A few steps off the beaten track,
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This review is from: Elgar: Pomp and Circumstance (Marches Nos. 1-6) (Audio CD)
When I first heard that Vladimir Ashkenazy had turned his fairly far reaching attention to Elgar, I must admit my first thought was "Uh oh! Leave the perhaps most quintessentially English composer since Purcel to the tender mercies of an apparently omnipresent Rrrrussian pianist. Cruisin' for a bruisin', are we? But when in Rome ..." (though Sydney is perhaps not exactly the Rome of the Commonwealth, I'd say close enough for jazz). OK, Ashkenazy is also a fine conductor, but very few non-anglophones have done Elgar over the last century of recorded music and got away with it. Daniel Barenboim counts as an exception, as his only relation to things British was that he married one (rest in peace, JdP); Bernard Haitink does as well, though, after 35 years in London (1967-2002) and a KBE he is perhaps more British than many born and bred in the isles. Still, a fresh view can be quite a blessing at times, and as I hear it a fresh view is precisely what this issue represents.
I'll get around to reviewing the two symphonies some other time. At this juncture, suffice to say that they are well done and well recorded, though arguably not of a stature to unseat Barbirolli or Haitink. The reason The Pomp and Circumstance Marches have caught my interest is primarily that though they can't exactly be catalogued as masterpieces, conventions about their performance are so maddeningly strict. As is the case with the waltzes by Johann Strauss there seems to be only one approach: the right one - and like fine wine they tend to travel badly. In that light it is little short of a wonder that Ashkenazy manages to dust off these imperial golf trophies and, from the other side of the globe, no less, present them newly minted - complete with the smell of car fresh off the assembly line. Some of them are played as if Ashkenazy never heard the music before (which I deem unlikely), and his refusal to build up to the climax of the great anthem of the hallowed first march is blissfully refreshing (no soccer fans joining in here), and reminds one that the music was actually written a year before - and not intended for - the song ("Land of Hope and Glory"). Also the famous centre themes of the fourth and fifth marches are stripped of every hint of moist eyes and saccharine and played with the smooth discipline of a military exercise. Never really made for marching, I suspect (at least I shouldn't care to try), these pieces demand a malleability when it comes to tempo that will turn them gooey in the wrong hands. Ashkenazy chooses to stress their proud and - dare I say - slightly belligerent sides and thereby, in my opinion, spotlights a shine of Victorian nobility that is truely imperial. The sixth march (completed from sketches by Anthony Payne) is markedly different from the rest; all hints of Sunday brass bands are dispensed with from the word go and the mood seems rather dark and somehow closer to the empire of "Star Wars" than the "Empire of Good Intentions". Still, late Elgar was often quite a tangy experience compared to early Elgar, and the music certainly is well constructed. The Serenade for Strings is played very beautifully and with great sensitivity - the perfect draught after close to fourty minutes of standing to attention.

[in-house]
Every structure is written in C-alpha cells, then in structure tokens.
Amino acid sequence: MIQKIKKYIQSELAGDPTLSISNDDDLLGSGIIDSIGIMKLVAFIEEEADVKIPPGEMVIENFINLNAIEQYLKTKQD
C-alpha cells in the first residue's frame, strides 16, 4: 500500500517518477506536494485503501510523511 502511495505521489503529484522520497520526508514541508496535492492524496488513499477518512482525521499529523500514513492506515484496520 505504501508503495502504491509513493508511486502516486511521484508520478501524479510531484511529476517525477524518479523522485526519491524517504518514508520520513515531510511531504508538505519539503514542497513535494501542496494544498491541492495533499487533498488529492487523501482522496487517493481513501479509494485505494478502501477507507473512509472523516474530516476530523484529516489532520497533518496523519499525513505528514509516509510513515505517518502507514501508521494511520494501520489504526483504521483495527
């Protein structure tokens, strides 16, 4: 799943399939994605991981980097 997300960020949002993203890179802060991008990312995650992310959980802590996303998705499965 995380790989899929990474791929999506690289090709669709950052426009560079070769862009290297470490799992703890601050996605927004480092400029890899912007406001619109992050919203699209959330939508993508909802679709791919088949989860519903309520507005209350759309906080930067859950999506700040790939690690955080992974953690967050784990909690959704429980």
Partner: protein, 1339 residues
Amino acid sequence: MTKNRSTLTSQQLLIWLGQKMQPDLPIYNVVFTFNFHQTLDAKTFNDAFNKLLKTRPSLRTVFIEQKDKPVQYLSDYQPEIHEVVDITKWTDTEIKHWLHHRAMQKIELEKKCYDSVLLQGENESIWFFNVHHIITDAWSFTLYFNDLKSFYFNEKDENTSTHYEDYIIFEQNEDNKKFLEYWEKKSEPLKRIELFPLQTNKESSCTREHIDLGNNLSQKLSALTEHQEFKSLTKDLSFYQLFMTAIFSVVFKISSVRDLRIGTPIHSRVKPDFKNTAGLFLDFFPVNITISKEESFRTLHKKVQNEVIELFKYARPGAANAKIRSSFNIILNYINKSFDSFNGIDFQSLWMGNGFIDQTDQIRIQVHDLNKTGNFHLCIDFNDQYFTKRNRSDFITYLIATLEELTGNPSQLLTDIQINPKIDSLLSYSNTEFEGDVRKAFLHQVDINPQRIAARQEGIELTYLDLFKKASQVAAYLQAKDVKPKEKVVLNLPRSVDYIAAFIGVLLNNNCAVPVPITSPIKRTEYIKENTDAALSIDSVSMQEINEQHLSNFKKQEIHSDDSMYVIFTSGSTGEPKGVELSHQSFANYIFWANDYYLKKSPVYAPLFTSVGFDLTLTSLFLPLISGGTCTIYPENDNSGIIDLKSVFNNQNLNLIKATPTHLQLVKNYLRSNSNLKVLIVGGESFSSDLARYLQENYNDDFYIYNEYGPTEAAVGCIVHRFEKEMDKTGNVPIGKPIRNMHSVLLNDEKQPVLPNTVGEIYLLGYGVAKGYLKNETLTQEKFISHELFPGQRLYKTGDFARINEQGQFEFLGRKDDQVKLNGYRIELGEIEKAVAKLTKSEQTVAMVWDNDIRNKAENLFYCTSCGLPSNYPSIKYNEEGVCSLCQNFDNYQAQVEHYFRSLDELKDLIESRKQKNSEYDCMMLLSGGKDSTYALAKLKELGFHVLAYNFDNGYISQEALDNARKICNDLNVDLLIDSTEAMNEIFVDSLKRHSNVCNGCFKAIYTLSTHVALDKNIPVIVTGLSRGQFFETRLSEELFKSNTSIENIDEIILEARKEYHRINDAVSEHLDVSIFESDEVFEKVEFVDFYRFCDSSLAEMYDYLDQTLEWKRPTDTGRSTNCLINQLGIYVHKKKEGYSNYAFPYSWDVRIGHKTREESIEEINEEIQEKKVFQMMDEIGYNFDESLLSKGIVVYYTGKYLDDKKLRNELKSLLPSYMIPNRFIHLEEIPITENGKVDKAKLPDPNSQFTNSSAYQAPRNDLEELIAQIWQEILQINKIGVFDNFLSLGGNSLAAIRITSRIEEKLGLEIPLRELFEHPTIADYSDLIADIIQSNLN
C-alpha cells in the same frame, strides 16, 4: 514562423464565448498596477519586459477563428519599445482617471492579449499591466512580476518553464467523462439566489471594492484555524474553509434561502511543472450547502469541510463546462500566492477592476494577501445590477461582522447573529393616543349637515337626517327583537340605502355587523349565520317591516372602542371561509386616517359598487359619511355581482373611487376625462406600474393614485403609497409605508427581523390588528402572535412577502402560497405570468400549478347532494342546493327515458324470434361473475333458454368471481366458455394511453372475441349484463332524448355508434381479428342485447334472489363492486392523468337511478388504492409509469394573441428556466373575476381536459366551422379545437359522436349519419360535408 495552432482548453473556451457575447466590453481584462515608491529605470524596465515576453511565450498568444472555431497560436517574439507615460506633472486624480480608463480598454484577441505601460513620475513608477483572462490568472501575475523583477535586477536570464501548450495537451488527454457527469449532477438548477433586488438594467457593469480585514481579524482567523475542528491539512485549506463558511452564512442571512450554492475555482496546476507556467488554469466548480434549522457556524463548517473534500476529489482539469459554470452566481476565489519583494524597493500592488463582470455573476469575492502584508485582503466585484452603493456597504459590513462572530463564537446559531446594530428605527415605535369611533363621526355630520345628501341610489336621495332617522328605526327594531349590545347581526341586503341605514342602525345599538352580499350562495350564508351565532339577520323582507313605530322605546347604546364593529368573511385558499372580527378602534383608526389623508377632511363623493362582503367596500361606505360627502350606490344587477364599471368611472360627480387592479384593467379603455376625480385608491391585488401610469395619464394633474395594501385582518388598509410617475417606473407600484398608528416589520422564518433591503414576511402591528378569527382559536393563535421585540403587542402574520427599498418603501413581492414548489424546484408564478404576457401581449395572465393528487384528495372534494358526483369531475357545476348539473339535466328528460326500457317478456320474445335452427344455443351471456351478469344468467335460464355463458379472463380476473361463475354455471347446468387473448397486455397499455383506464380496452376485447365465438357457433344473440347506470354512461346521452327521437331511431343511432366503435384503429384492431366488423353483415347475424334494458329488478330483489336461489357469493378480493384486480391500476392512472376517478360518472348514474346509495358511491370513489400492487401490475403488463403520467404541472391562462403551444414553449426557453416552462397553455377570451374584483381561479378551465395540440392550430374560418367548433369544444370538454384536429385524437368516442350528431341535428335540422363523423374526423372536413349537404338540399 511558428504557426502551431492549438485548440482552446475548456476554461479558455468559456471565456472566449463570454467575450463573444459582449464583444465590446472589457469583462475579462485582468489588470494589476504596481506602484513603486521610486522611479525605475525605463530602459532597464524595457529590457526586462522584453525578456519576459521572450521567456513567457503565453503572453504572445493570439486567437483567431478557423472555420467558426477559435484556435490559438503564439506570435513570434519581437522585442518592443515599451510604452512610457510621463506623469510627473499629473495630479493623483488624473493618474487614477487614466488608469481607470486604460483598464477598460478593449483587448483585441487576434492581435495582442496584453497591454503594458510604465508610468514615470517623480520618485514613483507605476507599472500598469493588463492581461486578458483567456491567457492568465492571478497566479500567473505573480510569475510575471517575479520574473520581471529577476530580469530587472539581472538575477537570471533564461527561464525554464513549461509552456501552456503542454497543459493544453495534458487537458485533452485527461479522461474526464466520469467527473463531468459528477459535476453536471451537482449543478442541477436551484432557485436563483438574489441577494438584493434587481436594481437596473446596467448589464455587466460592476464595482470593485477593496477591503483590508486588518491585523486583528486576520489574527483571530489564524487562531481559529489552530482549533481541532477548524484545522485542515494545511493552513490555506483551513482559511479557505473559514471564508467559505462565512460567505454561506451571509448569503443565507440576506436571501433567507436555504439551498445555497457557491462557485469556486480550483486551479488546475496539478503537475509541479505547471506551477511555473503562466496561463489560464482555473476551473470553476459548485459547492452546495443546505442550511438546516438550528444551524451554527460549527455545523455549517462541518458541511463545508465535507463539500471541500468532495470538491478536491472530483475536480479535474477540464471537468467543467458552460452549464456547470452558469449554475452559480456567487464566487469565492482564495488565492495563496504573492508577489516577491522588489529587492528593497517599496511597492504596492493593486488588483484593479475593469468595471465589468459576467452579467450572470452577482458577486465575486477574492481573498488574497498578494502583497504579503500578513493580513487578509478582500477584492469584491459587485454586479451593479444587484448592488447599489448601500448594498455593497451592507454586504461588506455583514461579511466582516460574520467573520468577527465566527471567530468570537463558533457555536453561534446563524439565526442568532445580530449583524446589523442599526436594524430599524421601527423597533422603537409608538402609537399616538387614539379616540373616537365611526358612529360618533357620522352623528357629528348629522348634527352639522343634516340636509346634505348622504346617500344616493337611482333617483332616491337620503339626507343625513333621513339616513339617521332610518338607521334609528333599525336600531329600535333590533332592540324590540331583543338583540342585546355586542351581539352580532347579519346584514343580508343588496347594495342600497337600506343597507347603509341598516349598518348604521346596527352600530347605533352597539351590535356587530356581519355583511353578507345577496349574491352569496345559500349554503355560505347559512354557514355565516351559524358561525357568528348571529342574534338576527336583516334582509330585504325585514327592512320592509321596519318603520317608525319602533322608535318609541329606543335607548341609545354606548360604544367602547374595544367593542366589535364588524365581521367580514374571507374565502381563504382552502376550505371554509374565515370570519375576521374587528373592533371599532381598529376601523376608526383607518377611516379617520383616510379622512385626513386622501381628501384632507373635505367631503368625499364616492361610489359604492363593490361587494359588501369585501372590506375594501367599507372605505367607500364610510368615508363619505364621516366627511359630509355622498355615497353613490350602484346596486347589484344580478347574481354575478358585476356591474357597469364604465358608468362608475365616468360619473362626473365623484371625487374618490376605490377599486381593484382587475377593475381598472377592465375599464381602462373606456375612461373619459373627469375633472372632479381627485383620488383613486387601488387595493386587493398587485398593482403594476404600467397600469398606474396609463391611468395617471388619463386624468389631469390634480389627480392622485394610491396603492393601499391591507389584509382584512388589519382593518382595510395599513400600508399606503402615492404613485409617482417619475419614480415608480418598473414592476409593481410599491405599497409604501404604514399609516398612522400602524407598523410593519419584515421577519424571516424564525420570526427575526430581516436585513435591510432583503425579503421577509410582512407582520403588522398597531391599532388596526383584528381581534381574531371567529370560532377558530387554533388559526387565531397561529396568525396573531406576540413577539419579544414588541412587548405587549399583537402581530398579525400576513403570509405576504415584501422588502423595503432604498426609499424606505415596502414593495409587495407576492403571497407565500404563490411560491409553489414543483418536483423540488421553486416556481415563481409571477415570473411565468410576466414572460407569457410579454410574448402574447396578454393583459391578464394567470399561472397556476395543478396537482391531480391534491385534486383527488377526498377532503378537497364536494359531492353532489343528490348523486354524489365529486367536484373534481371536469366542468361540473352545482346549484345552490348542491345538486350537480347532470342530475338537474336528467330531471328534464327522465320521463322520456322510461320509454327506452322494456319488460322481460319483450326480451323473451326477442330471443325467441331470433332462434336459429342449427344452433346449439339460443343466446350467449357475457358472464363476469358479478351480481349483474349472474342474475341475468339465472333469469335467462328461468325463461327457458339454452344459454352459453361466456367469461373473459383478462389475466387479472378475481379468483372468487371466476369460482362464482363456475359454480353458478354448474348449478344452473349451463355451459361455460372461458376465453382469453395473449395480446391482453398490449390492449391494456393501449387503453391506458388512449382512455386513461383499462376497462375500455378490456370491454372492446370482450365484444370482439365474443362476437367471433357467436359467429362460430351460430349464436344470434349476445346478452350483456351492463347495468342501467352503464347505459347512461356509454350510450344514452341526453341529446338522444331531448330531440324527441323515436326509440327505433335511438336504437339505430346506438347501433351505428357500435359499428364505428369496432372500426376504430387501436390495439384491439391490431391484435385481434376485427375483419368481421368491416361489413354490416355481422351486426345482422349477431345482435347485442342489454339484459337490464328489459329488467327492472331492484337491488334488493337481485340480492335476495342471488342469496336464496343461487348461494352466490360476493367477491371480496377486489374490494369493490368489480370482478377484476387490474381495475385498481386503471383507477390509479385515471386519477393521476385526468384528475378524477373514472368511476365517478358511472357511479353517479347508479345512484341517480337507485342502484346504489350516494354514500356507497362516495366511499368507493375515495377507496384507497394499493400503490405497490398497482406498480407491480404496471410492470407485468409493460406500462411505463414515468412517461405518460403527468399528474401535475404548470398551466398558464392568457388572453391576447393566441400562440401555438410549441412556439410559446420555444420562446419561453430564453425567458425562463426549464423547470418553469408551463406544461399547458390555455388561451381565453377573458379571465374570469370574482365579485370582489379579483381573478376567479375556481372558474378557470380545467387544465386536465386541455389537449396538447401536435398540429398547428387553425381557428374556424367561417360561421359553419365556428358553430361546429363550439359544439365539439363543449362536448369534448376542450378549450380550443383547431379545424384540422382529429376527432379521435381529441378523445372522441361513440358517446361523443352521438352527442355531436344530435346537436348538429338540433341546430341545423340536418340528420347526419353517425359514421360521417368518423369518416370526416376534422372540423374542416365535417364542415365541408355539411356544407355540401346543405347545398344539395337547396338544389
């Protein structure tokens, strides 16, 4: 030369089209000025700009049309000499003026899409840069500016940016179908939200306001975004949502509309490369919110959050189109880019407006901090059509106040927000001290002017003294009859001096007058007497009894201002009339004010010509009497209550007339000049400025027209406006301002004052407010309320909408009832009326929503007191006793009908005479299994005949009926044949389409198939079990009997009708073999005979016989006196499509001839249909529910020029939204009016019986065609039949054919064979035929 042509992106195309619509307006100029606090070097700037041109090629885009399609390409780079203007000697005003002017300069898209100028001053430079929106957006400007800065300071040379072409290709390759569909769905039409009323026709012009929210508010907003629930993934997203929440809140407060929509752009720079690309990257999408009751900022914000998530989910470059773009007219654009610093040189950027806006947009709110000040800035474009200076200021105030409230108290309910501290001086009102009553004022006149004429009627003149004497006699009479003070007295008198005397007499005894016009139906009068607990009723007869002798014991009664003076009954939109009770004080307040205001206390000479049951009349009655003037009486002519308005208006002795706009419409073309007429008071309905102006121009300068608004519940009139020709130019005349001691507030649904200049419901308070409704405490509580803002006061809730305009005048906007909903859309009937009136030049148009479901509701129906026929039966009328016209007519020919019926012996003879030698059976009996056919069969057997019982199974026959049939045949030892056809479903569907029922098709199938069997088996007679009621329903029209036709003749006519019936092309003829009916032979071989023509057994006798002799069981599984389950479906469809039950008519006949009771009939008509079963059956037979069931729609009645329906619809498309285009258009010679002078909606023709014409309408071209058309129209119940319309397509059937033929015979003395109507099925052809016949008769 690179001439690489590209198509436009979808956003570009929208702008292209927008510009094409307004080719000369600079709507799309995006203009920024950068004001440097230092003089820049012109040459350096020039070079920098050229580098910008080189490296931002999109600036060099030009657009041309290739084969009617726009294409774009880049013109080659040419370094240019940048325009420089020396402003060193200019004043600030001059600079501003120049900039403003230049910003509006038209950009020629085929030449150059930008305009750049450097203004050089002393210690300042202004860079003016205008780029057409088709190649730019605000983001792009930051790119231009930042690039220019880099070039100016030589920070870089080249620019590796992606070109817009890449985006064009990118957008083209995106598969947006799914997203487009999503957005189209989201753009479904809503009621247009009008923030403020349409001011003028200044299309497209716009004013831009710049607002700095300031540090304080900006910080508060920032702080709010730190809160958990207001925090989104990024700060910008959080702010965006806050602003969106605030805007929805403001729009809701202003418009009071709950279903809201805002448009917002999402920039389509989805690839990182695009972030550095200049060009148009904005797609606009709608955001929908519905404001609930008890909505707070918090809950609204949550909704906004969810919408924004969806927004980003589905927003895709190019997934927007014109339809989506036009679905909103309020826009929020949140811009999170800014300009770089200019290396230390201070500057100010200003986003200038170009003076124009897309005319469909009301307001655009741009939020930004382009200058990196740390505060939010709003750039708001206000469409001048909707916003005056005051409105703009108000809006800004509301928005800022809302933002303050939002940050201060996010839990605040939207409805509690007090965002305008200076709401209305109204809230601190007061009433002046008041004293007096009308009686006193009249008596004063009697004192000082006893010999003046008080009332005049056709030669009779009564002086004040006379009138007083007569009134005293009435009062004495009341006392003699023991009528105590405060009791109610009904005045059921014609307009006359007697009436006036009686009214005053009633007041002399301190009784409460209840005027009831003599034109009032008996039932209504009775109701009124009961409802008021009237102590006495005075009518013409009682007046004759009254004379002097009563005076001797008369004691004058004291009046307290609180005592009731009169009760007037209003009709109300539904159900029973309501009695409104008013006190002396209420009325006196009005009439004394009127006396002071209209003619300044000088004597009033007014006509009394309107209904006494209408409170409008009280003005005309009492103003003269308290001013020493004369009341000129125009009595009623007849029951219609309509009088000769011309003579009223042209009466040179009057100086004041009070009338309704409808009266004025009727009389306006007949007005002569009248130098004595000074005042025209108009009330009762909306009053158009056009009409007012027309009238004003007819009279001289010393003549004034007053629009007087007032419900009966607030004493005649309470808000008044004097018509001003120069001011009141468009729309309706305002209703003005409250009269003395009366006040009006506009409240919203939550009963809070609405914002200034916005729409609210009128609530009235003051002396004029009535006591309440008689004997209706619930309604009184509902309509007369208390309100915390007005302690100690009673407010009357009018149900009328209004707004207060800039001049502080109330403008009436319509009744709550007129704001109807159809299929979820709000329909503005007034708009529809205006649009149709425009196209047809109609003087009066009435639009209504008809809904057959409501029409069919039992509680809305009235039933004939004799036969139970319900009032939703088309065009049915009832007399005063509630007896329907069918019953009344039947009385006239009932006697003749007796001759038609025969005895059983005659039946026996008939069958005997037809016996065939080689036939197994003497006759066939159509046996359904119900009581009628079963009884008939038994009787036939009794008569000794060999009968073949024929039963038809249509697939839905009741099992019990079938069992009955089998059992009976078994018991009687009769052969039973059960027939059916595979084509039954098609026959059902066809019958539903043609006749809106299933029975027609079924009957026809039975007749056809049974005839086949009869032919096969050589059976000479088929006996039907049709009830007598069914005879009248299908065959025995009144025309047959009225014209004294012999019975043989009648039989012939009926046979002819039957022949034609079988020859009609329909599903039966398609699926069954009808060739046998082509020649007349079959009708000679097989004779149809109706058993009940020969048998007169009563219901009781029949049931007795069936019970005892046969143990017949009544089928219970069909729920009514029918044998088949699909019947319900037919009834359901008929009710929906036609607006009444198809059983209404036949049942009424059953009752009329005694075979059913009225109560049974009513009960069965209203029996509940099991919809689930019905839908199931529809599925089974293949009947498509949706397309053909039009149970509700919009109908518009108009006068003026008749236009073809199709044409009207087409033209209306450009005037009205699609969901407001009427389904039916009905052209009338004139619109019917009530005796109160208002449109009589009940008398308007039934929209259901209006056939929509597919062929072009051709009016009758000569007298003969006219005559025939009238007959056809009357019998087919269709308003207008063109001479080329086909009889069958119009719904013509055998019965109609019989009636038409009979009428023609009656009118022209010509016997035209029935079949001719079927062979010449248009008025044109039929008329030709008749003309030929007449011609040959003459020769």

The technical quality of this Exton SACD is absolutely first class, and as the music undeniably tends more towards display than depth of emotion, a recording that is full (but not booming) and crystal clear (but not metallic) is that much more of a plus.
All in all a most enjoyable disc that deserves a place near the top of a not exactly extensive list of recordings of these invigorating miniatures.